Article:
Goblin Rebirth – Goblin Rebirth (Album Review)


Rome, Italy-based, Progressive Movie Soundtrack composers Goblin Rebirth was born in 2010 out of the carcasses of other carnations of 1975’s original Goblin lineup of Vocalist Tony Tartarini, Keyboardist Claudio Simonetti, Guitarist Massimo Morante accompanied by Bass Guitarist Fabio Pignatelli, and Drummer Agostino Marangolo. The group’s heyday was with legendary filmmaker, Dario Argento, doing the soundtrack to his 1975 film, Profondo Rosso; aka Deep Red, which culminated when their reputation got them a gig doing the soundtrack to George Romero’s 1978 classic Dawn of the Dead.  At that time, they split, in which various members broke to do their own thing; yet, the band found themselves still together plus two: Agostino Marangolo’s brother, Saxophonist Antonio Marangolo, and nephew, Guitarist Carlo Pennisi, a session man who subbed for Massimo Morante.  Together, and in various forms, they worked on various soundtracks, almost reuniting the original lineup for Argento’s Tenebrae (1982).  Then, radio silence.

Argento’s 2000 film Sleepless saw Goblin come back with a vengeance, old issues prevented them from solidifying and showing their full potential, and Goblin called it quits. On the heels of Giovanni Aloisio’s authorized Goblin biography and the opening of their website, Morante and Pignatelli reformed the group with Marangolo and Guarini with the name Back to the Goblin, as well as recording the album Back to the Goblin (2005) for the independent label Back To The Fudda, which was followed by a tour in 2009 that almost showcased the original lineup except Simonetti.  Again, the band broke, because of inner demons.

Two-thousand and ten saw two factions of Goblin form, New Goblin and Goblin Rebirth, each with original members plus some, each vying for the limelight.  While New Goblin headed by Simonetti and renamed Claudio Simonetti’s Goblin, followed by Goblin, has toured and released an album, the other faction, Goblin Rebirth, consisting of Fabio Pignatelli on bass, Agostino Marangolo on drums, Aidan Zammit on keyboards, Giacomo Anselmi on guitars, and Danilo Cherni on keyboards, released their self-titled album, Goblin Rebirth, June 29th for Relapse Records.

The self-titled album mixes their classic scores while modernizing said scores, and molding them into a tale of an imaginary film about the birth of an evil dwarf-like monster beginning with Profondo Rosso’s beautifully haunting “Requiem for X: Goblin Death” featuring voices by Dorraine Zammit Lupi.  As the piece begins, the listener gets a sense of a memory as a childhood music box plays, then, turns into organs accompanied by guitars like someone walking down a long corridor, looking around, peering around corners when light, ominous church bells seem to herald someone’s coming.  Then, guitar riffs scream as the character crosses the threshold into the netherworld.  Next, “Back in 74” has a dreamy chase feel to it with dual synth/drum work that gives an urgency as guitars cut in like blockages in someone’s path or hands grasping.  The piece builds to a crescendo like someone trying to push through a wall until they do…into where?  The bass drives “Book of Skulls” as jazzy, psychedelic drums beat like someone wracking their brain for answers while guitars flow like someone reading pages until they get to the “A-ha!” finale with the final keyboard strikes.  The plot thickens with “Mysterium,” a very abrupt piece of choppy strums with hypnotic synth as the guitar hooks with mysterious voices that float in and out of the tune to complicate the piece to throw the character off the answers.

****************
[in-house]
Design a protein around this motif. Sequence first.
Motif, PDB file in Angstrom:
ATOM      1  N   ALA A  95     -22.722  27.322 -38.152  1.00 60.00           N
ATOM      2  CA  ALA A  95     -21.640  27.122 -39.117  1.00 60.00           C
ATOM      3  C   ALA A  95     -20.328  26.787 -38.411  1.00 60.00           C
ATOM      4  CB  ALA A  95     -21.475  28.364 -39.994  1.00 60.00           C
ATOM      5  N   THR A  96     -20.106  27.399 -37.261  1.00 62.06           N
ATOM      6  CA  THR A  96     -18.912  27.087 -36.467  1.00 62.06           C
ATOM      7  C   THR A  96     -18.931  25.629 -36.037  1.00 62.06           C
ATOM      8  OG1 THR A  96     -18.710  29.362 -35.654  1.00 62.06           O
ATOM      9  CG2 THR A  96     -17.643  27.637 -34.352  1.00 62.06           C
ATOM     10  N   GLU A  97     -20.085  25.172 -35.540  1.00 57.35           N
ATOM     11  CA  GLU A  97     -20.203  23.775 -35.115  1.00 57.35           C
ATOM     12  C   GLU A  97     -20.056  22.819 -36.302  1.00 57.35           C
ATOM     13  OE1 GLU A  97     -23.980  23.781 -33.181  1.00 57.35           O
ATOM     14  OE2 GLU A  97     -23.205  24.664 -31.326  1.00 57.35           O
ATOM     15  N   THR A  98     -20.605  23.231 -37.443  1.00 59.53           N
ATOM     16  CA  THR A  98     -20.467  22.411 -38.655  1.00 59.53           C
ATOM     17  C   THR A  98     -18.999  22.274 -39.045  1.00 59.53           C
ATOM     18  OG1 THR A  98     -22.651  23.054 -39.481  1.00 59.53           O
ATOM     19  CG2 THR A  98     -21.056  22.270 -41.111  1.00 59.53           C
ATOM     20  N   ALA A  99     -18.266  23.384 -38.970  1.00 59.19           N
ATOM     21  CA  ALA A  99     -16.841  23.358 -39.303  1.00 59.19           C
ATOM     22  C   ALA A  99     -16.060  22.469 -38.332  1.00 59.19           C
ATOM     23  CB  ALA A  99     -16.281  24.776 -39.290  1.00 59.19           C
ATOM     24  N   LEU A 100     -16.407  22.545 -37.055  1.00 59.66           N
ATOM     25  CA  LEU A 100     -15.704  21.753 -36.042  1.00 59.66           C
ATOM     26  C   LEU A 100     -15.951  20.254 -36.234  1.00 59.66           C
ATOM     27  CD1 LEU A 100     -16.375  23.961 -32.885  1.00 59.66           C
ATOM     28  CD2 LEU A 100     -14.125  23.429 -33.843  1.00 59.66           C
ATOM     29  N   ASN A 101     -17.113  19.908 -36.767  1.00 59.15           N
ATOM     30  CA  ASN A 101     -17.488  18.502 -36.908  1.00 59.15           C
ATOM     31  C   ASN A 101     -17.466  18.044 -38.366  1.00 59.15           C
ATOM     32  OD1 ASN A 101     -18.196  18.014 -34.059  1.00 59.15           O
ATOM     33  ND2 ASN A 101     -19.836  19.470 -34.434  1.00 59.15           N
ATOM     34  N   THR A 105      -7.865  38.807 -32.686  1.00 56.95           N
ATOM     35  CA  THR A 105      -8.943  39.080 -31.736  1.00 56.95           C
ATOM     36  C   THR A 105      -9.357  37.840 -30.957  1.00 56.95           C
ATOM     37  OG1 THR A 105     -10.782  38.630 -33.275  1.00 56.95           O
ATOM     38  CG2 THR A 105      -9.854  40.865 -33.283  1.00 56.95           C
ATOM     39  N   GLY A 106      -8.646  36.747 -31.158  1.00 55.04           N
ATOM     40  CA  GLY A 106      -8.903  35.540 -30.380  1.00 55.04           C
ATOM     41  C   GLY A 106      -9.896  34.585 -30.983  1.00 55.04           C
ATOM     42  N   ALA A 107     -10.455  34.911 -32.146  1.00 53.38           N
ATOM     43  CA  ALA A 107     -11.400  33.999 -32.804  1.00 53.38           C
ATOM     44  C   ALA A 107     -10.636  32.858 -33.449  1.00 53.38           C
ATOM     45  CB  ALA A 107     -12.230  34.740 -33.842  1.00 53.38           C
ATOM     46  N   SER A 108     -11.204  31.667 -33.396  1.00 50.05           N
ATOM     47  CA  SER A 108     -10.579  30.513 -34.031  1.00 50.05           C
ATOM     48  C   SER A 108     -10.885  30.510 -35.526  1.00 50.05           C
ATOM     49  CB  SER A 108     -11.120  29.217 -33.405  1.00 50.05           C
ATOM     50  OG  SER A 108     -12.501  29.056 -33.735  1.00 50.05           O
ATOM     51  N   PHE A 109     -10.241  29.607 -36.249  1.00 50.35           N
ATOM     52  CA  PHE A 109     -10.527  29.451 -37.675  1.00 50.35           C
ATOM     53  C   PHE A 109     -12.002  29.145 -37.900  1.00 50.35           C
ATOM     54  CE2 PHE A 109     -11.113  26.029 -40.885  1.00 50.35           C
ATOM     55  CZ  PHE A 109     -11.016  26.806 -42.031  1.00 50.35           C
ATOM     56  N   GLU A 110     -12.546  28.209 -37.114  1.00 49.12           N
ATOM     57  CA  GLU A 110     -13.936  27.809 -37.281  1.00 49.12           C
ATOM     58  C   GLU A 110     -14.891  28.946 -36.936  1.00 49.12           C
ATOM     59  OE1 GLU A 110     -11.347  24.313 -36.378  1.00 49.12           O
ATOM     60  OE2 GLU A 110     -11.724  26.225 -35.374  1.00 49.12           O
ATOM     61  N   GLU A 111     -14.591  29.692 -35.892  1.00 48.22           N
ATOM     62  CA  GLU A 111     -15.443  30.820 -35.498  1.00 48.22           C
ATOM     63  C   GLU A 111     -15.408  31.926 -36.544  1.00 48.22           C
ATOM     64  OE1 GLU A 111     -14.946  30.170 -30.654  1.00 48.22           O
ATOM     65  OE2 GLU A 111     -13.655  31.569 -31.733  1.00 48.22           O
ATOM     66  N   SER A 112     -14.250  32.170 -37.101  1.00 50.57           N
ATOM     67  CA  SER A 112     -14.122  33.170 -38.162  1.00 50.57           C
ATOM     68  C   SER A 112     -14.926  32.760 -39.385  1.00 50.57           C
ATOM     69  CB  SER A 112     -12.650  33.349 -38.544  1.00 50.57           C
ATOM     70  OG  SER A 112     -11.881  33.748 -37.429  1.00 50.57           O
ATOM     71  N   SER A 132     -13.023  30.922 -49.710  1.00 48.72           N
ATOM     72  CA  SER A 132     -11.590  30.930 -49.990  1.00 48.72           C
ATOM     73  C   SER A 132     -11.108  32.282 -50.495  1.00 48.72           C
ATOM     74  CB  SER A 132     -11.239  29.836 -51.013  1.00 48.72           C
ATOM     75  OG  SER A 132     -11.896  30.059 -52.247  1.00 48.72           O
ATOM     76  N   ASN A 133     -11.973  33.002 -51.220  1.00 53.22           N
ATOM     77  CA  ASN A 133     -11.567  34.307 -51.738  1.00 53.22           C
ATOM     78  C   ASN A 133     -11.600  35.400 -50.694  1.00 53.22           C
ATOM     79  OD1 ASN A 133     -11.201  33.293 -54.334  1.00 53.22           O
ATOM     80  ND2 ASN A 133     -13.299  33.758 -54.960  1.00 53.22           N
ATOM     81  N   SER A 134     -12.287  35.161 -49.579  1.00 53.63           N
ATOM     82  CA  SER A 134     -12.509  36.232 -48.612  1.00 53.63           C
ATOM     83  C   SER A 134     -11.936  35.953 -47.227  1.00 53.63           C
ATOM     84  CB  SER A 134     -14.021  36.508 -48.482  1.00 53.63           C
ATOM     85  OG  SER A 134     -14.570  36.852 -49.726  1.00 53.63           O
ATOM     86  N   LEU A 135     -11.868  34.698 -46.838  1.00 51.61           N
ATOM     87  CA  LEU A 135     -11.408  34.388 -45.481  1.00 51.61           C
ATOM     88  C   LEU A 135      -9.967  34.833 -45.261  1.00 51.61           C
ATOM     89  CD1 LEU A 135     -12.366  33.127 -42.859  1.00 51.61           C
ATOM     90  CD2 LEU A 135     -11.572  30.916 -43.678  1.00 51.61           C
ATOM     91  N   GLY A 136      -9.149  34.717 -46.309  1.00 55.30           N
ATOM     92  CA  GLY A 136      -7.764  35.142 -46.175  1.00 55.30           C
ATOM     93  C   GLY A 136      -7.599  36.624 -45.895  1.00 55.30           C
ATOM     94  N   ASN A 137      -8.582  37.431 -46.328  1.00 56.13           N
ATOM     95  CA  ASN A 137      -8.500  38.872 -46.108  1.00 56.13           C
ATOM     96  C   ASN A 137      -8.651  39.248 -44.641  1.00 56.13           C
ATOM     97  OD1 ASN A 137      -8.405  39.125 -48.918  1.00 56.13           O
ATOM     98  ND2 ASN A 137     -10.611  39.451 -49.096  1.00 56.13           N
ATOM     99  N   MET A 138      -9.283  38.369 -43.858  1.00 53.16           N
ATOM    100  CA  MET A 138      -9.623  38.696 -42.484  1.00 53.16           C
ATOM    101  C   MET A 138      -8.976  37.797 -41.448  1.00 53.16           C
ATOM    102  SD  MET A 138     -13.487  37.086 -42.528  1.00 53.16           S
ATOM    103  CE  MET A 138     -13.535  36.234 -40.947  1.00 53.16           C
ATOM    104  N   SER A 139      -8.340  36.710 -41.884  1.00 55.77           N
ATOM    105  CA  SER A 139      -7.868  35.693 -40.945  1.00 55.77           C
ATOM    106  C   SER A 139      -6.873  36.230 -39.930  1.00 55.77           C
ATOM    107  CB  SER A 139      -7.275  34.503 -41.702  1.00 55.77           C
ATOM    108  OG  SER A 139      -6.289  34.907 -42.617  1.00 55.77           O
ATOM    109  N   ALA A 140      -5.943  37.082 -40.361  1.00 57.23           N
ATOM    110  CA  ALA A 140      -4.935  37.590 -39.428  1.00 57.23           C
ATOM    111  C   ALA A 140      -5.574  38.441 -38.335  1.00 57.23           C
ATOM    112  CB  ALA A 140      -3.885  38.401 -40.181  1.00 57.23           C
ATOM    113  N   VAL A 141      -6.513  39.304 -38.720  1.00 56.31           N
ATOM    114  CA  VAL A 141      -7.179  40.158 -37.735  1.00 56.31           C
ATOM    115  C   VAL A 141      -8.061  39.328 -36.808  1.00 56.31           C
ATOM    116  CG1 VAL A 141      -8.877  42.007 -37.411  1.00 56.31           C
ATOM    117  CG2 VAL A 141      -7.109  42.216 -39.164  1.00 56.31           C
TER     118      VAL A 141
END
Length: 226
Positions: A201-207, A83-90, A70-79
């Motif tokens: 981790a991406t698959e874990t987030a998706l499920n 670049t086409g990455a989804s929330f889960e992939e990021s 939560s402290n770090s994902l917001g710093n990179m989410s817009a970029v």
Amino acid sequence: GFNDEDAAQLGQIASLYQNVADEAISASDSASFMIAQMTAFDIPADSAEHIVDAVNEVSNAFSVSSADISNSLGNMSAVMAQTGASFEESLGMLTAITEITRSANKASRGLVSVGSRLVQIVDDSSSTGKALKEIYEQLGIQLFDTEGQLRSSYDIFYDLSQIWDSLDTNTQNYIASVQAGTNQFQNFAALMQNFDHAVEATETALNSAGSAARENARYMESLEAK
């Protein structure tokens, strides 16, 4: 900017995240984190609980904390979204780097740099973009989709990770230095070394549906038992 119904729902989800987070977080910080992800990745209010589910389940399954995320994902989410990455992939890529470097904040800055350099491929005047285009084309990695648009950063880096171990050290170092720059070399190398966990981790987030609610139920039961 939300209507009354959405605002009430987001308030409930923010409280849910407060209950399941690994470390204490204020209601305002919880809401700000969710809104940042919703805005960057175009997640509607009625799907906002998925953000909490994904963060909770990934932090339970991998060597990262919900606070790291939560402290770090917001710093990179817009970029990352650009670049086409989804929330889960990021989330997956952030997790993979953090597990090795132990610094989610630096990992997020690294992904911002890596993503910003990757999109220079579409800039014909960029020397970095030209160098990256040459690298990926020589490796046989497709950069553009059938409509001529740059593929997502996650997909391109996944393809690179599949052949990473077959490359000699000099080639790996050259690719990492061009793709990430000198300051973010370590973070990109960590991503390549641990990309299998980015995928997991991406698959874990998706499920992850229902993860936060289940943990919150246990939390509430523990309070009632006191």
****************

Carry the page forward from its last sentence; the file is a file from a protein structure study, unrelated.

Something lurks, there is an “Evil in the Machine” with a mischievous bass line with driving drums and hard, choppy guitars as synths raise the fear factor with ominous spectral sounds.  A synthed voice states, “Evil in the machine/Demonize/humanize/absolute control.”  Claustrophobia sets in at the outset of “Forest,” but turns into an ethereally siren-sung, bass/synth/light drum trip with underscored guitars that seem to lead to the light…or does it?  “Dark Bolero” enchants like the sway of the hips with the thumb cymbals and xylophone juxtaposed to the layered synths and drums like flashes in the dark to dazzle and confuse as voices chant incantations. The album comes full circle with “Rebirth,” a progressive, futuristic bongo/synth-driven piece that rises as it continues, incorporating guitars that seem to have the character moving through whatever womb to be free as the synths take over in an ethereal wonderment before fading out to the cosmos as rebirth occurs.

Goblin’s storied transition into Goblin Rebirth is epic in and of itself worthy of a Dario Argento-helmed film. Right down to the clever artwork showing their original mascot being reborn within in the womb. This self-titled debut album is worthy of said film to tell its story in moving pictures.  Or, if the world is to go without, this masterpiece is sure to have listeners’ imaginations run rampant.  CrypticRock gives Goblin Rebirth 5 out of 5 stars.

Relapse Records

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